Zimbabwe: Economic crisis intensifies
Zimbabwe also appears to be experiencing considerable supply shortages: "Before the coronavirus outbreak, I ordered some goods from China. But they never arrived in Harare. Our customers are angry," said businessman Clifford Tsache, an electronics retailer from Zimbabwe. "Nobody here knows when this nightmare will end."
Since the South African country began its "Look East Policy" in 2004 — after a conflict with the West - many Zimbabweans travel to China to order cheap goods. Now, many traders consider flying to Tanzania to look for alternative supply sources.
Zimbabwe's struggling economy is not only heavily depending on cheap imports from China, said the importer. Zimbabwe mainly exports ores and other raw materials worth almost €900 million ($1,000 million) to China which is thus by far Zimbabwe's largest sales market. South Africa, Great Britain, India and Zambia follow far behind. Zimbabwe is one of 21 African countries that are dependent on the sale of raw materials to China.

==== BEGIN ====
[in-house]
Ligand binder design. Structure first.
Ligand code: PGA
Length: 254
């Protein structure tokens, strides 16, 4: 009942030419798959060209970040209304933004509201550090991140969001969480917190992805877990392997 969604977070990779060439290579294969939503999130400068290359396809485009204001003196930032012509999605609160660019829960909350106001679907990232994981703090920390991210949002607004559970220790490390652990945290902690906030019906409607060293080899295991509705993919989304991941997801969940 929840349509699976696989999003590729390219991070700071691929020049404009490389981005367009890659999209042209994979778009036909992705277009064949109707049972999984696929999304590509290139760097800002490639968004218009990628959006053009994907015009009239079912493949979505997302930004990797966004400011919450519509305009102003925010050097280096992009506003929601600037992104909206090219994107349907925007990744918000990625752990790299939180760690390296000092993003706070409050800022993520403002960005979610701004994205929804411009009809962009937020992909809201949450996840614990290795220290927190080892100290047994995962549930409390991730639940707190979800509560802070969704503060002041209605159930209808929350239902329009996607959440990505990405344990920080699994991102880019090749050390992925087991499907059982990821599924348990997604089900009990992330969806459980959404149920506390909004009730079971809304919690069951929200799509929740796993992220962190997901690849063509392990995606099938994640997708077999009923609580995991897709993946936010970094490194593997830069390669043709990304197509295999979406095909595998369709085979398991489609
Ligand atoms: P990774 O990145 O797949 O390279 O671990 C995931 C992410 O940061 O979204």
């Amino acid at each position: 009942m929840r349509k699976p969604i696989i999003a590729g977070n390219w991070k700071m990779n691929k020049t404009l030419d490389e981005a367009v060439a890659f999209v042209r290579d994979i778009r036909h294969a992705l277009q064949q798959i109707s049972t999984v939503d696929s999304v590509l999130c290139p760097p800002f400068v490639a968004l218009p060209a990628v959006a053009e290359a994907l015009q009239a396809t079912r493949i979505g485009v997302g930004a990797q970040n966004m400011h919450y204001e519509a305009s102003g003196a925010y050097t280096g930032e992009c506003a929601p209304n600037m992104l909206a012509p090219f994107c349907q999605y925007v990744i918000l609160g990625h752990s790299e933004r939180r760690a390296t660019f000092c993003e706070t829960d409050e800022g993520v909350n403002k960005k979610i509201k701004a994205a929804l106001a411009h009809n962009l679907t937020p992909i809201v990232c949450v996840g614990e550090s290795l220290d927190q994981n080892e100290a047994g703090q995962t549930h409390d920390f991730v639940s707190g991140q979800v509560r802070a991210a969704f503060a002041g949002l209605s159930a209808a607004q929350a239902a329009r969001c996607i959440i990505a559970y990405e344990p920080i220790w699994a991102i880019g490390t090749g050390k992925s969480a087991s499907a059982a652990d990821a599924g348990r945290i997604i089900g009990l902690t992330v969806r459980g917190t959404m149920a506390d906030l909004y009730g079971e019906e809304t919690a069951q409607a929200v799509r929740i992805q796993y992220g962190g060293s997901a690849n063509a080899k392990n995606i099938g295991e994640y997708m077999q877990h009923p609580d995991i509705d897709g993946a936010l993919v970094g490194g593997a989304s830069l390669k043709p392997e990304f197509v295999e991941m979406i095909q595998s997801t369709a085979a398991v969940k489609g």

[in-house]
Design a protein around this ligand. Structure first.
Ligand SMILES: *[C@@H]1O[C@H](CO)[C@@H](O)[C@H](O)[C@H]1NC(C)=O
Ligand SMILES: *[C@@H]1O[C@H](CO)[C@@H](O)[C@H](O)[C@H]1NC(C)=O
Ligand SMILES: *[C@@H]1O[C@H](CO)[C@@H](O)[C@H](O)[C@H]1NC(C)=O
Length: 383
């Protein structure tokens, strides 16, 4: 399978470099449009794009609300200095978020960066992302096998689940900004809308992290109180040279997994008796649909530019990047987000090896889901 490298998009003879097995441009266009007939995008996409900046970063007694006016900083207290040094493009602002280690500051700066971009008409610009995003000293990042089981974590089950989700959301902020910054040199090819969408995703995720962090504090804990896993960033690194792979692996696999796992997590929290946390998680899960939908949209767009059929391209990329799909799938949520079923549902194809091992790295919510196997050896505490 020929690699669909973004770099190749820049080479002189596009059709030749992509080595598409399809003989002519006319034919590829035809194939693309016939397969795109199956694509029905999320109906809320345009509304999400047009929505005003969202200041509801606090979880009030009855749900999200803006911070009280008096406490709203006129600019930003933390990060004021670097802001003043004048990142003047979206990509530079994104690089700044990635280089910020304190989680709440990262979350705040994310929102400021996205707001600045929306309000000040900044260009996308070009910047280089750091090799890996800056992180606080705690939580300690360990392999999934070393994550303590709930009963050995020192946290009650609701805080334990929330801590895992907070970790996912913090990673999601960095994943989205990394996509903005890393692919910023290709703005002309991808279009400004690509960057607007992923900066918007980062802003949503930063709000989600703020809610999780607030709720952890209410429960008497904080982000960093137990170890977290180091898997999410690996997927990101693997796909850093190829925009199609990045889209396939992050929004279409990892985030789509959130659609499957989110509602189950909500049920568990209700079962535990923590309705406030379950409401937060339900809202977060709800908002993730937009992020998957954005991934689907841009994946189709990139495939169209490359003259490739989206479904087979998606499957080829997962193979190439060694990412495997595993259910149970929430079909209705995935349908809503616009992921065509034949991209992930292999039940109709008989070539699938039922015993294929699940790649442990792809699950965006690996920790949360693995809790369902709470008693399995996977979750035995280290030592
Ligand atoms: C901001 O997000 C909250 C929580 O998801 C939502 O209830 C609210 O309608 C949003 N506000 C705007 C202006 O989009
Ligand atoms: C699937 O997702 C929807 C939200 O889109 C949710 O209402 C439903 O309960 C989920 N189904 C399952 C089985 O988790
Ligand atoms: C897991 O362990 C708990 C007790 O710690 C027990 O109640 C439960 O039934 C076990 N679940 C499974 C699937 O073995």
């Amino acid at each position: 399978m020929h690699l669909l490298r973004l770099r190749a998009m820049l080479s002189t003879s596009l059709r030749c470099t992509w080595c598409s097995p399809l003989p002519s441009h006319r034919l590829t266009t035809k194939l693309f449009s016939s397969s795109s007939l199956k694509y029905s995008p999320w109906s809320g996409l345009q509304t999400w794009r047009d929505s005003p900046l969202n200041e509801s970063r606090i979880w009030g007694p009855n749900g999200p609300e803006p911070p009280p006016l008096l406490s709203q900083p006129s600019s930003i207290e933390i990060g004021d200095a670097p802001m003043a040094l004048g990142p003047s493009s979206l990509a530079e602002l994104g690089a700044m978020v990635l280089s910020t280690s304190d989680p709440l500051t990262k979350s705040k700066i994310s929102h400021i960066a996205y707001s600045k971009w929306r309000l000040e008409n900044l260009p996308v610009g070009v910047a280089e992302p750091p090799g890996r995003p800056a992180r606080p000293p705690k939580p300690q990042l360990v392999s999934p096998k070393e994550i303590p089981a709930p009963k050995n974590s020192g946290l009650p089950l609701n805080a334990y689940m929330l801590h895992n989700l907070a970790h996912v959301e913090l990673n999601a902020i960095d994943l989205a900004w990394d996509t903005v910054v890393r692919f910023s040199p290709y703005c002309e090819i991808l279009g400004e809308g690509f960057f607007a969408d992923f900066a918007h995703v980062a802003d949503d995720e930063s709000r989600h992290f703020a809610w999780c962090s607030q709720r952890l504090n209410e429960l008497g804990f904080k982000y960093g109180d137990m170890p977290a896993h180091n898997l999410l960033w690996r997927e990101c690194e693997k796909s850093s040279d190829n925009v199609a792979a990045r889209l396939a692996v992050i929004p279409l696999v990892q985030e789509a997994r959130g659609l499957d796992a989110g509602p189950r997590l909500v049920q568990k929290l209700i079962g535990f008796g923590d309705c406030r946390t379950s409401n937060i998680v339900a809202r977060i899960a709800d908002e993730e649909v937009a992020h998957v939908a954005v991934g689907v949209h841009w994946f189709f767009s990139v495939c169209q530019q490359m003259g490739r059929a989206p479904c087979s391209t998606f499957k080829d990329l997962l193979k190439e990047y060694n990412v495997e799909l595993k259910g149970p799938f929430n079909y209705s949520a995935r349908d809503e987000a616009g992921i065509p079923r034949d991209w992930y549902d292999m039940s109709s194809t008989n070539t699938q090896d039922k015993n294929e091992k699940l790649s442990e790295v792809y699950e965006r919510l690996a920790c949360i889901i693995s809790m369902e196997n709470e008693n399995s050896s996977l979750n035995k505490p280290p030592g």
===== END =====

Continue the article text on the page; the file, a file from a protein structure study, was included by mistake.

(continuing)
The outbreak of the coronavirus in the far-off Chinese province of Wuhan in December is now worsening Zimbabwe's economic prospects, according to experts from the International Monetary Fund.
Angola: Crash of oil exports to China
Angola also suffers indirectly from the corona epidemic. The economy and finances of the country depend almost entirely on oil. The slowdown in trade with China due to the epidemic is affecting oil exports and jeopardizing the recovery of the country's struggling economy.
"Since China is Angola's largest oil importer, corona has a direct impact on the price of oil. Angola's revenues are falling dramatically," said Angolan economist Precioso Domingos. While rising oil prices would be an incentive to increase production and make new investments in the Angolan oil sector, falling prices, on the other hand, are "poison to a fragile economy like that of Angola," the economist said.
"The coronavirus can be more harmful to countries like Angola in the medium term than to China itself." The resilience of the Chinese economy is far greater than the one of Angola, he said. "We should look at the coronavirus with great concern," Domingos warned.